SFB 504 discussion paper
L 13, 15, D-68131 Mannheim
Lehrstuhl für ABWL, Finanzwirtschaft, insb. Bankbetriebslehre
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September 11 and Stock Return Expectations of Individual Investors
- This study offers the unique opportunity to analyze how an
unprecedented crisis such as the September 11 tragedy influences
expected returns and volatility forecasts of individual investors.
Via e-mail, we asked a randomly selected group of individual
investors with accounts at a German online broker to answer an
internet questionnaire at the beginning of August, 2001. A second
e-mail to the investors who have not yet answered, scheduled five
weeks later, was postponed due to the terror attacks until
September 20, which was exactly the day with the lowest share
prices in Germany in the year 2001. Based on the answers to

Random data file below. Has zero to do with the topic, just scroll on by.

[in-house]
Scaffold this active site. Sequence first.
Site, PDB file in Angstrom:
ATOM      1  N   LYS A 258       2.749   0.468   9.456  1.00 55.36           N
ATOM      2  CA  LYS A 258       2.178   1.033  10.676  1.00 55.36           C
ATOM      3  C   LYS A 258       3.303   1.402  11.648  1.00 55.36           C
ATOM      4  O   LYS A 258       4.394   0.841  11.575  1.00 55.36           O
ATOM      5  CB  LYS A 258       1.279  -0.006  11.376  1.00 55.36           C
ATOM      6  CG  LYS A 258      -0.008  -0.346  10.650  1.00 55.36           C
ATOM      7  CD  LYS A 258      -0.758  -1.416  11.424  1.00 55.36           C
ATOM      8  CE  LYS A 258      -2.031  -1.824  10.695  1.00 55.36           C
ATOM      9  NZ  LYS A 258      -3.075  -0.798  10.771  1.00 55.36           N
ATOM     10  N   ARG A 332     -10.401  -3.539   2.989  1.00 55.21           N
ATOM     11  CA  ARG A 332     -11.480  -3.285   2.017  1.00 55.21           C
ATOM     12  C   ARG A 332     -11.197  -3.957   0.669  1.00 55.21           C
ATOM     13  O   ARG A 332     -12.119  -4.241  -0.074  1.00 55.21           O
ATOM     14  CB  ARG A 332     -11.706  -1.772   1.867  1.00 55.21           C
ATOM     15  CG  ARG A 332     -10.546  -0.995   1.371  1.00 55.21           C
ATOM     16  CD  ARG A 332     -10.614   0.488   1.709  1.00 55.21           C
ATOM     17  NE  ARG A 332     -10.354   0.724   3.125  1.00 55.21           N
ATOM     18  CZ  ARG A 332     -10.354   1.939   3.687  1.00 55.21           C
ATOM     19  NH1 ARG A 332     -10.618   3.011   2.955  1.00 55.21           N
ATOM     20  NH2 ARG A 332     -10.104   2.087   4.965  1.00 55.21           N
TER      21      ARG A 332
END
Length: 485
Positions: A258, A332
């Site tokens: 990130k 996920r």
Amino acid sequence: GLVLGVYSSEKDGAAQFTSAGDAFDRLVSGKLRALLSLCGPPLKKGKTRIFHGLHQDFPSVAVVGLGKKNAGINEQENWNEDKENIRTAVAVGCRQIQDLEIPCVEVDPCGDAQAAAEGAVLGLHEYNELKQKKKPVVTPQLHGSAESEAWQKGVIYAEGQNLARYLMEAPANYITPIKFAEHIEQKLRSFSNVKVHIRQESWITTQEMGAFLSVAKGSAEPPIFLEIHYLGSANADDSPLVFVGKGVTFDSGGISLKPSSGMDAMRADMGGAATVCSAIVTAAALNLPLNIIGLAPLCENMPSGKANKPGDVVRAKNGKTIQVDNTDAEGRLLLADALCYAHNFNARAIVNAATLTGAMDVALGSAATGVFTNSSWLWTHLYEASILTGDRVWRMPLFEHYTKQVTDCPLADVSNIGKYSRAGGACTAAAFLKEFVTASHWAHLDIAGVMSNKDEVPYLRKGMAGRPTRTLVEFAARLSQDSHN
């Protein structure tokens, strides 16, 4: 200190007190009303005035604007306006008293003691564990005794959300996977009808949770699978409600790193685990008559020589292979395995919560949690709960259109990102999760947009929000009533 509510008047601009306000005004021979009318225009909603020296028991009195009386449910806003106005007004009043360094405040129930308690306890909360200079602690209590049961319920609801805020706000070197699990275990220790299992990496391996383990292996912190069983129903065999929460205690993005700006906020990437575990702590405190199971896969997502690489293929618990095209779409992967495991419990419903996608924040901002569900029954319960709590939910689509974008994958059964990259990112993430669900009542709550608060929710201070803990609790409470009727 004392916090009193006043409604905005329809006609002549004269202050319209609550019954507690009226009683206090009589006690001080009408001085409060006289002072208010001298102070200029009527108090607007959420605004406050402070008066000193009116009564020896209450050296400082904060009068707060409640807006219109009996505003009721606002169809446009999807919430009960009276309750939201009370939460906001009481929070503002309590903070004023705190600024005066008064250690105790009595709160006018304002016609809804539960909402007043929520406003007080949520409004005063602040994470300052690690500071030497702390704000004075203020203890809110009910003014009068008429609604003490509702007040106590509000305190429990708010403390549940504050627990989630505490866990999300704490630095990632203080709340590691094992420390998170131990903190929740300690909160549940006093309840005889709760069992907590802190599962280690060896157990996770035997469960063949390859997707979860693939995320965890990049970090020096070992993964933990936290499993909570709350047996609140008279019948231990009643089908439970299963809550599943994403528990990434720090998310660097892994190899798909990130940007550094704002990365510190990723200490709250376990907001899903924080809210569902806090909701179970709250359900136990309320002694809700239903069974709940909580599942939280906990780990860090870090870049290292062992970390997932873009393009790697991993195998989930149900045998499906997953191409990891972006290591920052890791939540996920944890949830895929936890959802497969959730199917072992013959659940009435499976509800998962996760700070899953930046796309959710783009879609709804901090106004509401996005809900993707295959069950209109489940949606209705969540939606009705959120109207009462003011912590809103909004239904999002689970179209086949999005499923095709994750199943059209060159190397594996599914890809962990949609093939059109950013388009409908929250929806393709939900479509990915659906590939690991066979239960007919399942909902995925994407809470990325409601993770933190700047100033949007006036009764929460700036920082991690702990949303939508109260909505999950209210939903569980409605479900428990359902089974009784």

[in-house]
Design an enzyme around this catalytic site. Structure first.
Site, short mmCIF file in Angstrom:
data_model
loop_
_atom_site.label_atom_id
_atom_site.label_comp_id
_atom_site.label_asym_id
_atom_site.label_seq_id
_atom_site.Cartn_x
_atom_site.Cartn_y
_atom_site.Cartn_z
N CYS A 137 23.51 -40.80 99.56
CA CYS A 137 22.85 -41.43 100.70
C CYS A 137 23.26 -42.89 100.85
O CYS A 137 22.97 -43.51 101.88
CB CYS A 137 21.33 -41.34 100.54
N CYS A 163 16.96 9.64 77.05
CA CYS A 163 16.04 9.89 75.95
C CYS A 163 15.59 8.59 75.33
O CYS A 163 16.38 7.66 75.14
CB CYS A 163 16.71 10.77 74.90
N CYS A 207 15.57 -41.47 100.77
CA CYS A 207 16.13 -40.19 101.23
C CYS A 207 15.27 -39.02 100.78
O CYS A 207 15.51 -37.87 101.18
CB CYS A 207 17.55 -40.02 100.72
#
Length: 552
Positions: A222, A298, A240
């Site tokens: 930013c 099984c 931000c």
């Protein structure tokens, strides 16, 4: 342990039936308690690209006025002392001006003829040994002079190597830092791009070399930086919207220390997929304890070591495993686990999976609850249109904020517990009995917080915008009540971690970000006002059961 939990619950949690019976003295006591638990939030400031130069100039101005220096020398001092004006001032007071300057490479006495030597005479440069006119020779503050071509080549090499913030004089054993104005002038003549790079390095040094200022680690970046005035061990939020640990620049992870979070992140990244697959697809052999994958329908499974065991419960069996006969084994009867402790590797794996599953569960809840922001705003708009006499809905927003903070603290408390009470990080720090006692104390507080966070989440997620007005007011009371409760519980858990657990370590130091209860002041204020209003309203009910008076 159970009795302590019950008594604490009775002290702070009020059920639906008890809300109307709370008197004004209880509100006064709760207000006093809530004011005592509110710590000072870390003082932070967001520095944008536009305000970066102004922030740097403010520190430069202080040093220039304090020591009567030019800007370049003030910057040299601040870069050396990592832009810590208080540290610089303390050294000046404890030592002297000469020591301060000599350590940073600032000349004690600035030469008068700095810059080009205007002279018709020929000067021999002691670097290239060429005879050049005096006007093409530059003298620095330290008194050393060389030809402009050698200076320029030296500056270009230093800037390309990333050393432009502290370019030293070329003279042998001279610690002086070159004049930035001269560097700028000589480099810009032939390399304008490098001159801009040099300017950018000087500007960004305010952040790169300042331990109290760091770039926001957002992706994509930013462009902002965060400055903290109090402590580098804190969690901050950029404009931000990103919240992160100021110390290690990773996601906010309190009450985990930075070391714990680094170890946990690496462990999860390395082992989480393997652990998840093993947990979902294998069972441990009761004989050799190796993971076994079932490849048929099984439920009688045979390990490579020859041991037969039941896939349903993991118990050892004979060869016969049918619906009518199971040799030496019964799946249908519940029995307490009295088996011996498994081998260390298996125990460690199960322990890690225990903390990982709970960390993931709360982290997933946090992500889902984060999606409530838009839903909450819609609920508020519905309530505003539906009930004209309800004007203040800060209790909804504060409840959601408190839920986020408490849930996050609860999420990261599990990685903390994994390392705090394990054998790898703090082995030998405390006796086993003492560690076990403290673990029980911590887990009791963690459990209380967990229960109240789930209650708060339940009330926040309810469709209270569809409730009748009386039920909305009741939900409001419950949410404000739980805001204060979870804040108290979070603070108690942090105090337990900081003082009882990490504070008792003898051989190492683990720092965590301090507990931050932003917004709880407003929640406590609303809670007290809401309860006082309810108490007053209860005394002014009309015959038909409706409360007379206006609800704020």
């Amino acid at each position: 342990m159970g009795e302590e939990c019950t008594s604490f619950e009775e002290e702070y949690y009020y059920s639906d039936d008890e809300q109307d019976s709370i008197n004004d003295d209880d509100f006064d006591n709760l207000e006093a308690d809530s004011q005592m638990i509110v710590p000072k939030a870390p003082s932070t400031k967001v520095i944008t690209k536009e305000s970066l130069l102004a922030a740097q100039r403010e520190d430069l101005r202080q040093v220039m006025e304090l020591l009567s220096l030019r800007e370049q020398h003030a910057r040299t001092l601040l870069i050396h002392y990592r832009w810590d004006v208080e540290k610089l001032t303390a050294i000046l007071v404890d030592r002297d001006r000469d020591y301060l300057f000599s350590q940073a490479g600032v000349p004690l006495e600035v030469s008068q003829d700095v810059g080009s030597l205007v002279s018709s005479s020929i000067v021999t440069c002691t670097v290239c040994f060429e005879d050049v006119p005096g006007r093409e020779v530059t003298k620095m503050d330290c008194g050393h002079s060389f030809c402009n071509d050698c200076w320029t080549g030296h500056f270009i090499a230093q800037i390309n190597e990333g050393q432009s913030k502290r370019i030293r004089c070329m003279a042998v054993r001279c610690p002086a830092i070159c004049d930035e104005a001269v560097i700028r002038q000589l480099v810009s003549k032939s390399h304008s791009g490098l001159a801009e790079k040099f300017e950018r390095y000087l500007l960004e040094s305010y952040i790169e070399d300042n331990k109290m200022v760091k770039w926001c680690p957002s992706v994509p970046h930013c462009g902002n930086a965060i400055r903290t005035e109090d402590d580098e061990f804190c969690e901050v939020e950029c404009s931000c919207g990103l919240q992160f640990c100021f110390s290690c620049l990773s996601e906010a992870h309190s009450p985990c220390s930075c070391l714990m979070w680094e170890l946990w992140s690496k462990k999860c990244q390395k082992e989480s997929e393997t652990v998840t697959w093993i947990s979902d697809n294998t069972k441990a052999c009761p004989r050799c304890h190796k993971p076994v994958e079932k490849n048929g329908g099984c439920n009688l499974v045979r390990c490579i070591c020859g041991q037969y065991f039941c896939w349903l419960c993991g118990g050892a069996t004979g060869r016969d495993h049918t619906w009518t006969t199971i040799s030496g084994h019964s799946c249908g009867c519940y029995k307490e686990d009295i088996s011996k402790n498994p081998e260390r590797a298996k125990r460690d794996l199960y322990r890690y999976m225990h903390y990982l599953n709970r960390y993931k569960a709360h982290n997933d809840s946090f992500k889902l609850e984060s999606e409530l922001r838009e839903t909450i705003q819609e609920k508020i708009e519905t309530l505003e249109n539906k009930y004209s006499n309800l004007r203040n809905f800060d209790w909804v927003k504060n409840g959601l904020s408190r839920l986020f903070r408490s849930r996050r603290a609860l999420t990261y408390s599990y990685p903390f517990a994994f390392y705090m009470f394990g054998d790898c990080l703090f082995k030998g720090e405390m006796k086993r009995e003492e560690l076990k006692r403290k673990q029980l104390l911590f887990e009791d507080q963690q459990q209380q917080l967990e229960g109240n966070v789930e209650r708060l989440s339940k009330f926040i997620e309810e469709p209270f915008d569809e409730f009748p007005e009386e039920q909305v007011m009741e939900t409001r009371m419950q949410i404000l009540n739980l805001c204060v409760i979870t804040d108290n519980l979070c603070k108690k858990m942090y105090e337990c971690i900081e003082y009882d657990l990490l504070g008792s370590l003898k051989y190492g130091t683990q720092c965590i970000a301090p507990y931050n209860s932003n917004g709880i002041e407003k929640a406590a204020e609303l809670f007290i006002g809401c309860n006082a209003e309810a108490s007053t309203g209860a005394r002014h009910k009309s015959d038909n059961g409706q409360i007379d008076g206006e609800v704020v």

questions concerning stock market predictions, we find that return
forecasts of the investors in our sample are significantly higher
after September 11. The actual returns from the respective time of
response until the end of the year 2001 are overestimated in both
groups. The second group of investors states return forecasts that
are approximately twice as high as the true realized returns.
After the terror attacks, volatility forecasts are higher than
before September 11. In two out of four cases, historical
volatilities are overestimated. Therefore, investors are not
generally overconfident in the way that they underestimate the
variance of stock returns. Differences of opinion with regard to
return forecasts are lower after the terror attacks whereas
differences of opinion concerning volatility forecasts are mainly
unaffected. Furthermore, differences of opinion are generally
higher with regard to return (point) forecasts when compared to
differences of opinion with regard volatility forecasts.
- B4 Weber
- Creation date:
- Publication Status
- Review of Finance, 9, 243-279, 2005.
- Downloadable version
- Download titlepage for internal use only
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